October 2–4, 2013
Professor Emeritus of Astronomy and History of Science
Owen Gingerich is Professor Emeritus of Astronomy and of the History of Science at Harvard University and a senior astronomer emeritus at the Smithsonian Astrophysical Observatory. In 1992–93 he chaired Harvard's History of Science Department.
Professor Gingerich's research interests have ranged from the recomputation of an ancient Babylonian mathematical table to the interpretation of stellar spectra. He is co-author of two successive standard models for the solar atmosphere, the first to take into account rocket and satellite observations of the sun; the second of these papers has received over 700 literature citations.
In the past decades Professor Gingerich has become a leading authority on the 17th-century German astronomer Johannes Kepler and on Nicholas Copernicus, the 16th-century cosmologist who proposed the heliocentric system. The Harvard-Smithsonian astronomer undertook a three-decade-long personal survey of Copernicus' great book De revolutionibus, examining over 580 sixteenth-century copies in libraries scattered throughout Europe and North America, as well as those in China, Japan, and Australia. His annotated census of these books was published in 2002 as a 434-page monograph. In recognition of these studies he was awarded the Polish government's Order of Merit in 1981, and subsequently an asteroid was named in his honor. An account of his Copernican adventures, The Book Nobody Read, is in fourteen foreign editions.
Professor Gingerich has been vice president of the American Philosophical Society (America's oldest scientific academy) and he has served as chairman of the US National Committee of the International Astronomical Union. He has been a councilor of the American Astronomical Society, and he helped organize its Historical Astronomy Division. In 2000 he won the Division’s Doggett Prize for his contributions to the history of astronomy. The AAS awarded him their Education Prize for 2004. He has also won the most prestigious award of the French Astronomical Society, their Prix Janssen 2006.
For some years he served as consultant to the eminent designer Charles Eames. He has given the George Darwin Lecture (the leading lecture of the Royal Astronomical Society). A world traveler, he has successfully observed fourteen total solar eclipses. In 1999 he delivered an Advent sermon at the National Cathedral, and Harvard University Press has published the 2005 William Belden Noble Lectures, God’s Universe, given at Harvard’s Memorial Church.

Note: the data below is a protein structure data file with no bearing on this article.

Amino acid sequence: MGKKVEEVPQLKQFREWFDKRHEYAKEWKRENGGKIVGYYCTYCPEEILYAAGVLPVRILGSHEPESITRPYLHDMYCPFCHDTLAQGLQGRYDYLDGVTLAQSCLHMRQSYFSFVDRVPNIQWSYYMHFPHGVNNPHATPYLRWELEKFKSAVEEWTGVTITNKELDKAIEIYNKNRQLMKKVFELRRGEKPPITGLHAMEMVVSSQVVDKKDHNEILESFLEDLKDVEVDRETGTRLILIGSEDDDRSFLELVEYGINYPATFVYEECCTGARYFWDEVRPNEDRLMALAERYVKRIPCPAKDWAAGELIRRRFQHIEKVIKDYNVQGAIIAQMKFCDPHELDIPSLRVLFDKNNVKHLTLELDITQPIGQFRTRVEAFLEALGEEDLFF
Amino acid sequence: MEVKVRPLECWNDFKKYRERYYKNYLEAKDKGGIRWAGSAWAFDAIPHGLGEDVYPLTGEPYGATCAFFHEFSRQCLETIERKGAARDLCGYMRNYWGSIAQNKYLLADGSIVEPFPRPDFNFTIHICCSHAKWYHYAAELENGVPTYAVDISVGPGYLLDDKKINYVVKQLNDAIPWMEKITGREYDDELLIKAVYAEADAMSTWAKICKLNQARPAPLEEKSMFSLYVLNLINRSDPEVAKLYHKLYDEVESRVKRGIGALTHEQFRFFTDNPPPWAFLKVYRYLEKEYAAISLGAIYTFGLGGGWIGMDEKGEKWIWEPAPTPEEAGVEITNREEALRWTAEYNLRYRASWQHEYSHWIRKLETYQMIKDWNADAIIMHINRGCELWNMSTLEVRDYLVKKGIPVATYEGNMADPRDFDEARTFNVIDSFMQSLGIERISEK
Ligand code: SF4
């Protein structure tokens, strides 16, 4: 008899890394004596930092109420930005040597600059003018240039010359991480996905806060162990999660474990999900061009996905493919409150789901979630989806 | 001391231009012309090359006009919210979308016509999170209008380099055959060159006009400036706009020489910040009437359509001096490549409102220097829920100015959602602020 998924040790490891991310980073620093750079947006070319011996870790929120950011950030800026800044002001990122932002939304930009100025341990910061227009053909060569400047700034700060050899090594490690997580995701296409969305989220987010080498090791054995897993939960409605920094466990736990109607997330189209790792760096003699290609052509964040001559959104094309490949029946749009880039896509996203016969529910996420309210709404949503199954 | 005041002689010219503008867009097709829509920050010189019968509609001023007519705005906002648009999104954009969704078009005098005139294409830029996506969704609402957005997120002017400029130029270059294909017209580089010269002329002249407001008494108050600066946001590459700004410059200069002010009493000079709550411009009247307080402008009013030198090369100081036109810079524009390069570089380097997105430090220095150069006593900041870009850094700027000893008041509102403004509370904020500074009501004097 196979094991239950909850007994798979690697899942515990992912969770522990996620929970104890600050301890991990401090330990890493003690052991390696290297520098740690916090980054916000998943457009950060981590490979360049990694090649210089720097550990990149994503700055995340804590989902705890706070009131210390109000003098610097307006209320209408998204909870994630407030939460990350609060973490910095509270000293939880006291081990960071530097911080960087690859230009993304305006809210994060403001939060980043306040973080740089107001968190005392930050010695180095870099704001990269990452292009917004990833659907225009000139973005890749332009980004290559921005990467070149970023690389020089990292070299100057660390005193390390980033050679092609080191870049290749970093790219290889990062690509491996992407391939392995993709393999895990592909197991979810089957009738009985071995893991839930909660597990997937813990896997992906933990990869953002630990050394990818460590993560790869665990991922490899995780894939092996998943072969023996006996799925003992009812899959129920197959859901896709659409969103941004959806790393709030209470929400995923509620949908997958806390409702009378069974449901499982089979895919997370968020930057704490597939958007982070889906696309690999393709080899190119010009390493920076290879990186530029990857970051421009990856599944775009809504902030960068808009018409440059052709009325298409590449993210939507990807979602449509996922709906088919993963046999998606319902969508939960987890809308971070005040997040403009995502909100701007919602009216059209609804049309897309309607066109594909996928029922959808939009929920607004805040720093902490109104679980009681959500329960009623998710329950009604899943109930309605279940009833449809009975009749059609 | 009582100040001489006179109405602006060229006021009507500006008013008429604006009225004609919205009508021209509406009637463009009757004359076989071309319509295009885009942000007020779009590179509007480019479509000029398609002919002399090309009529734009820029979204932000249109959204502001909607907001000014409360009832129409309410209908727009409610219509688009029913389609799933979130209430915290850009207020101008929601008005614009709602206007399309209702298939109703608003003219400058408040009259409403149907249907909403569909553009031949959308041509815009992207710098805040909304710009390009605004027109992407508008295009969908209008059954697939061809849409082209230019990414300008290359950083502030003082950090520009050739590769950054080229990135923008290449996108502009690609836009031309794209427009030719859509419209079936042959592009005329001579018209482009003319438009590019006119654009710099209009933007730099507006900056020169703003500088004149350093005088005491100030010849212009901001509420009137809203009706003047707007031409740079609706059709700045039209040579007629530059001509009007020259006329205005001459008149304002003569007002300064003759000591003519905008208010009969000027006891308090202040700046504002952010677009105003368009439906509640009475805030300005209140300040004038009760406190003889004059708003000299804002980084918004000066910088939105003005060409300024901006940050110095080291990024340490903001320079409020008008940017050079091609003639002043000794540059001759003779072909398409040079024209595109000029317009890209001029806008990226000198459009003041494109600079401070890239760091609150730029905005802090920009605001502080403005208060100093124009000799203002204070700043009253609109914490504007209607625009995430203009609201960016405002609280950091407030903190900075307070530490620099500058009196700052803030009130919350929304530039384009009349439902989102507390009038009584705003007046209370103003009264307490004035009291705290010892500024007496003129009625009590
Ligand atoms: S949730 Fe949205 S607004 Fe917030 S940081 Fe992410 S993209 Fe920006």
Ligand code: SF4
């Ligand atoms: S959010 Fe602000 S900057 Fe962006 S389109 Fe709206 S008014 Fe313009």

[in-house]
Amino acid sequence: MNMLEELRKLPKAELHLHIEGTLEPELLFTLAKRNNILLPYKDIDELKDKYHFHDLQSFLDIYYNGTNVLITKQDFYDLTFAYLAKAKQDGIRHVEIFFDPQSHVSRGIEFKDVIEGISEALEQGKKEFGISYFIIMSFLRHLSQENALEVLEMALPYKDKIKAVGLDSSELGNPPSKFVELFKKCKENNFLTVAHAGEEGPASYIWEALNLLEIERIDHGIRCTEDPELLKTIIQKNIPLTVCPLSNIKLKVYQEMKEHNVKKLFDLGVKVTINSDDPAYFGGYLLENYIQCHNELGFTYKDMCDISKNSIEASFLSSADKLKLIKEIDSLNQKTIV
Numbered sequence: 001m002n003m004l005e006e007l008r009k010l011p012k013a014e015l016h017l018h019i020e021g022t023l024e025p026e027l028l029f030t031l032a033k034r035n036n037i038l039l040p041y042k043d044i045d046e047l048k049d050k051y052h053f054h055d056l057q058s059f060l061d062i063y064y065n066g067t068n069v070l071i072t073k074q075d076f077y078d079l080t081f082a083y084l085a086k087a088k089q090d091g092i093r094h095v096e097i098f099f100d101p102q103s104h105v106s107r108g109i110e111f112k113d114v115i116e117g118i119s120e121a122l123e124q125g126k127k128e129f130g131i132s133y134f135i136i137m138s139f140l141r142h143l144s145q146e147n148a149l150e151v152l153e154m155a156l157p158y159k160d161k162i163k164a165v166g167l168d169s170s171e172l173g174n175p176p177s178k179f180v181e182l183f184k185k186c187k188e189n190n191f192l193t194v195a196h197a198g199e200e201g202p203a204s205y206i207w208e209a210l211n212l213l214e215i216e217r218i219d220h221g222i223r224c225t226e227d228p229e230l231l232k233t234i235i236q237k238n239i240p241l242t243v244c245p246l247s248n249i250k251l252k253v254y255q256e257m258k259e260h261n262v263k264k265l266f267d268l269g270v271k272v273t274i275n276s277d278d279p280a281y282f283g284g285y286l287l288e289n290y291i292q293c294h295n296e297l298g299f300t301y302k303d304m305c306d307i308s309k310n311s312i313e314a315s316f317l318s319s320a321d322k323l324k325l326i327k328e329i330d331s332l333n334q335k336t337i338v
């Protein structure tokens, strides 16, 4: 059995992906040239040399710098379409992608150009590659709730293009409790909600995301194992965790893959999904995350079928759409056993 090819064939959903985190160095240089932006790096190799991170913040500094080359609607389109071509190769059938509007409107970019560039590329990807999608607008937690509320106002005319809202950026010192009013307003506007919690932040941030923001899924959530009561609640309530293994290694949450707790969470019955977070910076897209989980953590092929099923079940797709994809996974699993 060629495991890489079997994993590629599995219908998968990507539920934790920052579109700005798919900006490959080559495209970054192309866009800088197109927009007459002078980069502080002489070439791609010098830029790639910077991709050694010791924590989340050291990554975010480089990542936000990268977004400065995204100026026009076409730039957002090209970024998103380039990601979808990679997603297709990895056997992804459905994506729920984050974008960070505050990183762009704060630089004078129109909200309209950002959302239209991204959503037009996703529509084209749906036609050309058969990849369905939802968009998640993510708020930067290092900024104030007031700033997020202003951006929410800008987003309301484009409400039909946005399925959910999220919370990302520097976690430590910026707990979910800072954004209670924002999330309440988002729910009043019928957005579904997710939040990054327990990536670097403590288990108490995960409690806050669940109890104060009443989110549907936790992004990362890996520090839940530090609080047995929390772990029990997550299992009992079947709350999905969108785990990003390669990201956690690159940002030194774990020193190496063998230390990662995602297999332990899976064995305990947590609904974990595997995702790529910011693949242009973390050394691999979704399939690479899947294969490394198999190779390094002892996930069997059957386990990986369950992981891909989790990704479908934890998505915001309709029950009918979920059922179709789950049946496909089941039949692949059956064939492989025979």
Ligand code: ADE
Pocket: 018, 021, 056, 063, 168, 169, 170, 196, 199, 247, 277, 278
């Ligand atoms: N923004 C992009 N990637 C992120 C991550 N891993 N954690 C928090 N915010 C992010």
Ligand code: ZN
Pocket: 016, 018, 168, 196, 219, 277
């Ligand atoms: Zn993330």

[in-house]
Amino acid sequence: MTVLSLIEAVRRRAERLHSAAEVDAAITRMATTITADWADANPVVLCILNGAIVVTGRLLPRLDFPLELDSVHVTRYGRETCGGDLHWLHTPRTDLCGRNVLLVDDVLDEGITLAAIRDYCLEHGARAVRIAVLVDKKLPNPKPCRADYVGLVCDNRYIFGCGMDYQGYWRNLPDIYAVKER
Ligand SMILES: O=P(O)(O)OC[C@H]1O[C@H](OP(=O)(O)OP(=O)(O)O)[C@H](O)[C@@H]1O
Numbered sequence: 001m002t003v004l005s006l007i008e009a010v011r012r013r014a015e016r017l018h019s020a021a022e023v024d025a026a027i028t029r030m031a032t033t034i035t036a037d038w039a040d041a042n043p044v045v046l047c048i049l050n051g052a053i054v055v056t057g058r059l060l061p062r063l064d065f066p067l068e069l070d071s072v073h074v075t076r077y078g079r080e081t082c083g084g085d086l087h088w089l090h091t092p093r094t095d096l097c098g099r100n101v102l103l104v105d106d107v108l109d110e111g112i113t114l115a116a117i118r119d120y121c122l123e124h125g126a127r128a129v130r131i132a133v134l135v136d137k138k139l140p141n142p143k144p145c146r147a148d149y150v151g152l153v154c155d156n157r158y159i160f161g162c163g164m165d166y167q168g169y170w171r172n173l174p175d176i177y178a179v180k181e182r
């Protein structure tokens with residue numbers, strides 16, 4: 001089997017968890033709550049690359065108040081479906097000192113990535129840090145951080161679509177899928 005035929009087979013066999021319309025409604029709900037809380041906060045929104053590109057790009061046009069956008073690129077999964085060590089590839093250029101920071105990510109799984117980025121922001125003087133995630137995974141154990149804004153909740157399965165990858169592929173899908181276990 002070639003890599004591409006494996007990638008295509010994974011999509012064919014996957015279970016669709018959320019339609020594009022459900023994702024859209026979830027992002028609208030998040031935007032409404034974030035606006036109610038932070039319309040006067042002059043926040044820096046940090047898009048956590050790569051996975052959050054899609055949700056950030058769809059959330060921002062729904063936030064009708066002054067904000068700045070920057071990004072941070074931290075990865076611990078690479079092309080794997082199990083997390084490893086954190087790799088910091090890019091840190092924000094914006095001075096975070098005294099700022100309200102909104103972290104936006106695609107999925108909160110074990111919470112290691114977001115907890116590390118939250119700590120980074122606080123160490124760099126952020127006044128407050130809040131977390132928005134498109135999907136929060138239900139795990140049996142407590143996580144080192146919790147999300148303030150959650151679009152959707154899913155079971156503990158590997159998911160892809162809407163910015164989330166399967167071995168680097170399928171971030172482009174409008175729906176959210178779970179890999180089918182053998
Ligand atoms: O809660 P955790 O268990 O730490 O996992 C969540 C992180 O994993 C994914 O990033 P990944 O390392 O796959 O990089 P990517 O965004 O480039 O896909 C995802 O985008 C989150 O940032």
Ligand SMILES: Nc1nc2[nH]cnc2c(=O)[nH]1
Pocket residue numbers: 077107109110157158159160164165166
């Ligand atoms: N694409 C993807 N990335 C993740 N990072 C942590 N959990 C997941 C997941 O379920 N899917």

Besides 200 technical or research articles and 300 reviews, Professor Gingerich has written more than 250 educational, encyclopedia or popular articles. Two anthologies of his essays have appeared, The Great Copernicus Chase and Other Adventures in Astronomical History from Cambridge University Press, and The Eye of Heaven: Ptolemy, Copernicus, Kepler. At Harvard he taught "The Astronomical Perspective," a core science course for non-scientists, which at the time of his retirement in 2000 was “the longest-running course under the same management” at Harvard. In 1984 he was one of the first to win the Harvard-Radcliffe Phi Beta Kappa prize for excellence in teaching.
Taken from the Harvard website.
Dr. Alister McGrath
October 1–2, 2014
Alister McGrath was born in Belfast, Northern Ireland, in 1953. He grew up in Downpatrick, Co. Down, where he attended Down High School. In September 1966 he became a pupil at the Methodist College, Belfast, majoring in pure and applied mathematics, physics and chemistry. He was elected to an open major scholarship at Wadham College, Oxford University, to study chemistry from October 1971, where his tutors included Jeremy R. Knowles and R. J. P. Williams. He gained first class honours in chemistry in June 1975, and began research in molecular biophysics in the Oxford University Department of Biochemistry under the supervision of Professor Sir George K. Radda, FRS, who is presently head of the Department of Physiology, Anatomy and Genetics at Oxford University. He was elected to an E.P.A. Cephalosporin Research Studentship at Linacre College, Oxford, for the academic year 1975-6, and to a Domus Senior Scholarship at Merton College, Oxford, for the period 1976–8. He also spent three months as a European Molecular Biology Organization visiting fellow at the University of Utrecht, in the Netherlands. During the years 1975–8, he carried out scientific research, leading to the publication of a number of peer-reviewed research articles, alongside studying for the Oxford University Final Honour School of Theology. In December 1977, he was awarded an Oxford D.Phil. for his research in the natural sciences, and he gained first class honours in Theology in June 1978. The interaction of Christian theology and the natural sciences has subsequently been a major theme of his research work, and is best seen in the three volumes of his Scientific Theology (2001-3).